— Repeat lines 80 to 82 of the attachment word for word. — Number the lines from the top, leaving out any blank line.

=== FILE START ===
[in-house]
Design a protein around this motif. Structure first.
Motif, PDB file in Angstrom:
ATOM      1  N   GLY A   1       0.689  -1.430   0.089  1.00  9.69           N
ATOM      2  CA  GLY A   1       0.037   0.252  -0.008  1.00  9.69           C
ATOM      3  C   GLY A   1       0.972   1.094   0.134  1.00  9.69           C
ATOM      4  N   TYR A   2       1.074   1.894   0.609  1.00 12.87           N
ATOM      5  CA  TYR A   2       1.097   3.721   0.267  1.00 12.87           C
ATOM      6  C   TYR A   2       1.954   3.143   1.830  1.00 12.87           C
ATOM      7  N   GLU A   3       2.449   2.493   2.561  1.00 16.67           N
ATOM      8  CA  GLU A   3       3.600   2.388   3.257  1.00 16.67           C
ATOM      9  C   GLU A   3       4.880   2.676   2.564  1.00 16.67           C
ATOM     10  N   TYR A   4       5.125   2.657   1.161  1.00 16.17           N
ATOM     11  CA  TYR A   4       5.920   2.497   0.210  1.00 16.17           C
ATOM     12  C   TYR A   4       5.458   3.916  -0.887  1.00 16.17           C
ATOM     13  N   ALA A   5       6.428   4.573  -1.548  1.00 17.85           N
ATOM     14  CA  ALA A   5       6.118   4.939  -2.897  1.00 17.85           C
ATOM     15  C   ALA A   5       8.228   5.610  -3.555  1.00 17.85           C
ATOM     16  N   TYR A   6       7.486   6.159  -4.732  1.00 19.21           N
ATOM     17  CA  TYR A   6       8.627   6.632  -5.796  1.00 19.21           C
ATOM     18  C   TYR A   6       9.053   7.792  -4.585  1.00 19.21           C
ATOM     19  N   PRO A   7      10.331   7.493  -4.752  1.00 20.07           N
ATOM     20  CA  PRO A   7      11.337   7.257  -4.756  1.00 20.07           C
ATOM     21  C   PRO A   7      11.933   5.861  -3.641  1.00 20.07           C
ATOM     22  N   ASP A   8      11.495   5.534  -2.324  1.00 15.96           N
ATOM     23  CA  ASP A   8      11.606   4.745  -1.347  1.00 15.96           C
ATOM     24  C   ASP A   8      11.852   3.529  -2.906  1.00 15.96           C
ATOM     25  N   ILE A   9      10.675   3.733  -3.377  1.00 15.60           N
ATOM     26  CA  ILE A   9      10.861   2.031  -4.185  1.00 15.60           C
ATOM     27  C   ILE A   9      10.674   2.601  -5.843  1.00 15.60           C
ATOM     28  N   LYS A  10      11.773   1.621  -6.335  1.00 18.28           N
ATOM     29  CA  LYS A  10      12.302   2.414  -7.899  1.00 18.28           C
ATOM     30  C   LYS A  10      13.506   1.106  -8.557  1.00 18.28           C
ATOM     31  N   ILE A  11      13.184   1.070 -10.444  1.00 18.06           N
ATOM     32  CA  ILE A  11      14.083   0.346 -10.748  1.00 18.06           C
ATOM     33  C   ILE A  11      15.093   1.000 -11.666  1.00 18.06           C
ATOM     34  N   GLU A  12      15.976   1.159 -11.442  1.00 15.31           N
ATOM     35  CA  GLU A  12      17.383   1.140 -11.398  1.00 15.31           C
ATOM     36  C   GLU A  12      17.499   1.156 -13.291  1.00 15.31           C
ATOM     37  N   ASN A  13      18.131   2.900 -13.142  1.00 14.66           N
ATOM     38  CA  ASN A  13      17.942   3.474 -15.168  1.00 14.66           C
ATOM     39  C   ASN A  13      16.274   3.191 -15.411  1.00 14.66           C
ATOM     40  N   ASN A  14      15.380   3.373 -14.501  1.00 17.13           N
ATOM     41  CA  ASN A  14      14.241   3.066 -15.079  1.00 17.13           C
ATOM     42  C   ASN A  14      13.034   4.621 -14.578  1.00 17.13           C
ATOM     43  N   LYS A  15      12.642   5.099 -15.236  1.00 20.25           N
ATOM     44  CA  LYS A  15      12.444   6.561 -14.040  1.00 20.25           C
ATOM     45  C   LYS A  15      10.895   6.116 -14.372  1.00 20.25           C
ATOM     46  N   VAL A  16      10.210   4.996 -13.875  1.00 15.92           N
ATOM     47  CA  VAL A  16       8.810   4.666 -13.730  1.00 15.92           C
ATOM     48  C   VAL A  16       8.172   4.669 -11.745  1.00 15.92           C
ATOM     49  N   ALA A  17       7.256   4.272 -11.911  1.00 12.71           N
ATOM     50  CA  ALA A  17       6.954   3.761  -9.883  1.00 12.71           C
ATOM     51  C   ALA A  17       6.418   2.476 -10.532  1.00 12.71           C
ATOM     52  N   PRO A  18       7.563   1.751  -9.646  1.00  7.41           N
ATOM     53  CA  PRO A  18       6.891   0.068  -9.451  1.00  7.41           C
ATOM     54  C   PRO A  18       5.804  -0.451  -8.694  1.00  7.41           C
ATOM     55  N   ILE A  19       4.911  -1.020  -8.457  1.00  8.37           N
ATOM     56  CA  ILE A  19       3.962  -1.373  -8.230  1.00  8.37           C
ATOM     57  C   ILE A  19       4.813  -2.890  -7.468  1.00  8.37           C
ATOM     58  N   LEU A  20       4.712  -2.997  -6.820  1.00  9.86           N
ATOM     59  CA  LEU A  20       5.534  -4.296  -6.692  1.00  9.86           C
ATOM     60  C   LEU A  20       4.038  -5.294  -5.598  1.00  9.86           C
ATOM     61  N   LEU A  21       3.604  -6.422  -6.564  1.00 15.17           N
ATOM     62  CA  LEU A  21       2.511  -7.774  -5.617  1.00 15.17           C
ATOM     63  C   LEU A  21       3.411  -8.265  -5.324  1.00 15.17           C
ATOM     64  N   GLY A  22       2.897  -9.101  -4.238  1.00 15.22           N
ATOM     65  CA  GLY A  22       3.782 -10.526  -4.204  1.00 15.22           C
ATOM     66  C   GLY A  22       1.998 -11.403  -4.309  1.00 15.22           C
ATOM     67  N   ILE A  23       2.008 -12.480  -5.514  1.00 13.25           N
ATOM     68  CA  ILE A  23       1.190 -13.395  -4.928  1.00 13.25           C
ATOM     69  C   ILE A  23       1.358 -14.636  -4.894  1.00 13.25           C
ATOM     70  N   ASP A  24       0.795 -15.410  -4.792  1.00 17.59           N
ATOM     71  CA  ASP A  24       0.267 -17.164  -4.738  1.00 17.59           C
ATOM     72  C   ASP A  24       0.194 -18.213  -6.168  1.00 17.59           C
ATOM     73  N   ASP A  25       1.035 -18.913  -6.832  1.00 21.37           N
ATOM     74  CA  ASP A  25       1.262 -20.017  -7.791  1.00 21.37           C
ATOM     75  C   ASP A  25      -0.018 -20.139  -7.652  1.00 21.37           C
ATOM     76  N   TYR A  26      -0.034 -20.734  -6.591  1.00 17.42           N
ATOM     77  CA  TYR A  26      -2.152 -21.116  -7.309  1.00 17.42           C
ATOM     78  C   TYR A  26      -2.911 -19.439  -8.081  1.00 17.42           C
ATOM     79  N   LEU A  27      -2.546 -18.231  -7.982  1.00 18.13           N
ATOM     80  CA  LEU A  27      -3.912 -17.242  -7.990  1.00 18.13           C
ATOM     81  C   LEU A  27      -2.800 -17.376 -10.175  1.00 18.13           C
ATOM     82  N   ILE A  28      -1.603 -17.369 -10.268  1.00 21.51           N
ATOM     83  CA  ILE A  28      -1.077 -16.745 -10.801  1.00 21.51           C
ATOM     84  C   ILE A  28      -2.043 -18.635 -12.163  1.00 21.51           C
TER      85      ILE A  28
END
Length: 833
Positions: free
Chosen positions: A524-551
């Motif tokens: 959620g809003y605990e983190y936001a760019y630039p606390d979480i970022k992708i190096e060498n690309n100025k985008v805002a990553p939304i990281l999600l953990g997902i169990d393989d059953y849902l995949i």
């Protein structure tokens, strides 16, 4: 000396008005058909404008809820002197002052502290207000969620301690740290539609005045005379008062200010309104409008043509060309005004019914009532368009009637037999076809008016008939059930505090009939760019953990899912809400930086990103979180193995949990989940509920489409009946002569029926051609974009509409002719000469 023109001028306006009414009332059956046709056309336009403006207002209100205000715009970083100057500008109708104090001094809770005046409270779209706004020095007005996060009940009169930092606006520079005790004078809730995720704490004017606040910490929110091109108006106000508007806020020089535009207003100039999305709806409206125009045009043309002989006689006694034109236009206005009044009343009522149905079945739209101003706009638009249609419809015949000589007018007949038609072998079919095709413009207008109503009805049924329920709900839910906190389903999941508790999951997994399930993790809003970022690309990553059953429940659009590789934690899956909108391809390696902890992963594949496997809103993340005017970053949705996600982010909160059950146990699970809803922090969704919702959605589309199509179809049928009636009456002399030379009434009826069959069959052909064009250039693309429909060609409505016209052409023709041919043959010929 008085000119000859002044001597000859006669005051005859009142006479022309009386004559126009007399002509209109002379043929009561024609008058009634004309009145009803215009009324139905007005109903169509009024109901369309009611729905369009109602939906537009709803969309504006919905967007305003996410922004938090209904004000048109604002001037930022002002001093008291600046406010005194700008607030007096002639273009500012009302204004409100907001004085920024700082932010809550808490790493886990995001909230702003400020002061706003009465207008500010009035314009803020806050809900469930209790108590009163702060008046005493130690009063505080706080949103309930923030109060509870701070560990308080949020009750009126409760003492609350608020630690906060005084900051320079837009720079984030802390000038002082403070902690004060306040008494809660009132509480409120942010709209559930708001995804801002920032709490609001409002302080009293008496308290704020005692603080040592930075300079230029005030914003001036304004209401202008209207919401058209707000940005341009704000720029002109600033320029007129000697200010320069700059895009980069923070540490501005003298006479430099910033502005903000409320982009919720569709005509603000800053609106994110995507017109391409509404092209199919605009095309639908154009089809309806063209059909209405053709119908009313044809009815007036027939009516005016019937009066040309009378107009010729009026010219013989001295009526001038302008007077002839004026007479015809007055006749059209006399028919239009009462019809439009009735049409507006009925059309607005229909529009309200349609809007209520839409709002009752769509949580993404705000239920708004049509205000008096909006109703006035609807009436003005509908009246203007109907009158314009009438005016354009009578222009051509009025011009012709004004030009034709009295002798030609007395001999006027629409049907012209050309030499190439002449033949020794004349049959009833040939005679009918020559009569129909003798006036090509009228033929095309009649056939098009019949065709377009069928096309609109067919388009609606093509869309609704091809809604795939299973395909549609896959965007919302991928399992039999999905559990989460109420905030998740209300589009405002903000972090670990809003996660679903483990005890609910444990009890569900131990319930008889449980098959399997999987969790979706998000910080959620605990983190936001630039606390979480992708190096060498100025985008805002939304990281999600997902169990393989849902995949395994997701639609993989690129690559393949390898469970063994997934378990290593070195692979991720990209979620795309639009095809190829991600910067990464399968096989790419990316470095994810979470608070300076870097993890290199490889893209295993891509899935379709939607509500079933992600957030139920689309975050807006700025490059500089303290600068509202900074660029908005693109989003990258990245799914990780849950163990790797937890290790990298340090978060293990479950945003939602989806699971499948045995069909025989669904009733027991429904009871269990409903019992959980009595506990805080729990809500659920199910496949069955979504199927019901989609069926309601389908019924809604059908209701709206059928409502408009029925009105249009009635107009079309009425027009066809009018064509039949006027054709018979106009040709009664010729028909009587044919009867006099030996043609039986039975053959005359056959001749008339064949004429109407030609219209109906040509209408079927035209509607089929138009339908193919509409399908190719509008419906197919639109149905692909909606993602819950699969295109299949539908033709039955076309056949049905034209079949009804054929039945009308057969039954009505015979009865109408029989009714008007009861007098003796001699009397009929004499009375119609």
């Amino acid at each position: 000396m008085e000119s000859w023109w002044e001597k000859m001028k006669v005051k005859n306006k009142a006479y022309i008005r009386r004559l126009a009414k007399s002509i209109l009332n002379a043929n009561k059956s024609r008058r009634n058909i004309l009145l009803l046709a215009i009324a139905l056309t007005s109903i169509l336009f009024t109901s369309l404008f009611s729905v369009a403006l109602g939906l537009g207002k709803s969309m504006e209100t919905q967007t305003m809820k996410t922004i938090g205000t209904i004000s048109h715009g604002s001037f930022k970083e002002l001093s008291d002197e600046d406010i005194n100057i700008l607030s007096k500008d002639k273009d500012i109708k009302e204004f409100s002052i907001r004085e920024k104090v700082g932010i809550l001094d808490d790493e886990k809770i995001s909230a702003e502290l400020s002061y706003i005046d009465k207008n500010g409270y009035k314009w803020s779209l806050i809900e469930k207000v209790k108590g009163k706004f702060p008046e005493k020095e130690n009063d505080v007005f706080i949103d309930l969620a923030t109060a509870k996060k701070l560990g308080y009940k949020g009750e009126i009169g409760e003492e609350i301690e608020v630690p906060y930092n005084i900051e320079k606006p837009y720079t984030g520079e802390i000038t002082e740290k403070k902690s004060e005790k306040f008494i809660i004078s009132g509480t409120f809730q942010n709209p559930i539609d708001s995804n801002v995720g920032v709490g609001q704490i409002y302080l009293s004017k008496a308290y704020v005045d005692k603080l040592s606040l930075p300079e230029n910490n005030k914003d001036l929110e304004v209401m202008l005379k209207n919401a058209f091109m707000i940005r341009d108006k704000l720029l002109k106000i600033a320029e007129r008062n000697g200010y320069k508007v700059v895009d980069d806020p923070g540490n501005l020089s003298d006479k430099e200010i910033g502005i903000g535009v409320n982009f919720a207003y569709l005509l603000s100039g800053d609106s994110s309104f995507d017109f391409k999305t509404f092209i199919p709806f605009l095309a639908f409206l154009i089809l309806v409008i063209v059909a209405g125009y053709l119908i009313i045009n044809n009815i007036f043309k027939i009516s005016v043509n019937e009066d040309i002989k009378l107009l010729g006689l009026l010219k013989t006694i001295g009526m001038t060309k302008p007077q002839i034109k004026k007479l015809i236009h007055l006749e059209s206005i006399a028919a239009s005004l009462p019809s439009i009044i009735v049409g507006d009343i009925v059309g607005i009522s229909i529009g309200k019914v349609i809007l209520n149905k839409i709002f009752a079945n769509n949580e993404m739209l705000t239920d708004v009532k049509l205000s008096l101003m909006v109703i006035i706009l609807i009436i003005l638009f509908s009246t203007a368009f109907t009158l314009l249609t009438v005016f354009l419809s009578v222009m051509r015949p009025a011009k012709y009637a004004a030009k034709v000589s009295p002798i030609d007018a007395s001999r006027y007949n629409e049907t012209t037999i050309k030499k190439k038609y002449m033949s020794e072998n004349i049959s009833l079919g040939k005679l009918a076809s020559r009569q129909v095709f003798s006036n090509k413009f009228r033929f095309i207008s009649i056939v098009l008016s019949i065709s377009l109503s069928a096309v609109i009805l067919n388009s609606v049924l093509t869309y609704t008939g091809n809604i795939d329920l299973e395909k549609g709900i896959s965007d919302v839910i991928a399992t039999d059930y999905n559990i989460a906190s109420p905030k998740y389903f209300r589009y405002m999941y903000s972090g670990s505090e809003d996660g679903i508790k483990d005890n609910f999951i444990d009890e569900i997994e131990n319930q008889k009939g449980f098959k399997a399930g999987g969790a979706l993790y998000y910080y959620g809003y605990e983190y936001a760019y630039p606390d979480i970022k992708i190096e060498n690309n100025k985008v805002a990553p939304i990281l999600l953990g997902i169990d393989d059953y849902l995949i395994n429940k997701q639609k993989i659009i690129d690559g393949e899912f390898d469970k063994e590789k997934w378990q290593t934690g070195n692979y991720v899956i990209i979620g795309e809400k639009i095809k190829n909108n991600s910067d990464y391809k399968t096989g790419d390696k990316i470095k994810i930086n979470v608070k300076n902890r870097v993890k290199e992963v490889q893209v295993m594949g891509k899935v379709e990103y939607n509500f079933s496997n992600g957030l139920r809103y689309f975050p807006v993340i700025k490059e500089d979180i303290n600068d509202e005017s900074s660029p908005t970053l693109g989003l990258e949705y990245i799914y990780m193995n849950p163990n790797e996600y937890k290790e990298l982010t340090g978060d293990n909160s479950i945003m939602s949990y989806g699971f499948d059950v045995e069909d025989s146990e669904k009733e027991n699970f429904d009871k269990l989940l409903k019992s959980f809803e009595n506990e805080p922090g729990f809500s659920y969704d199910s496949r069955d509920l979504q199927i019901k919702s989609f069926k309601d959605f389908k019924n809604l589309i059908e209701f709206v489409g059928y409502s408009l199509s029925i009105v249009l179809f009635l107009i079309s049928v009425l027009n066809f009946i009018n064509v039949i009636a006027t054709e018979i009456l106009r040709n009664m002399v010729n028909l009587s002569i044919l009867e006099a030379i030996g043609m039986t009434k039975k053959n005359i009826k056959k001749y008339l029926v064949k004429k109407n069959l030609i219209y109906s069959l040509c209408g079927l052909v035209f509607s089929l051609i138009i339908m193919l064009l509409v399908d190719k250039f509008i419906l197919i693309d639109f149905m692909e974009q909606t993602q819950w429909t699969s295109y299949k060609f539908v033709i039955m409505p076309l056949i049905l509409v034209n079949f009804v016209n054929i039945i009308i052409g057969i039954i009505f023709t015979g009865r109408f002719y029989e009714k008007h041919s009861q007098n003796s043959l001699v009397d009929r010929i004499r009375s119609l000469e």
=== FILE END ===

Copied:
ATOM     77  CA  TYR A  26      -2.152 -21.116  -7.309  1.00 17.42           C
ATOM     78  C   TYR A  26      -2.911 -19.439  -8.081  1.00 17.42           C
ATOM     79  N   LEU A  27      -2.546 -18.231  -7.982  1.00 18.13           N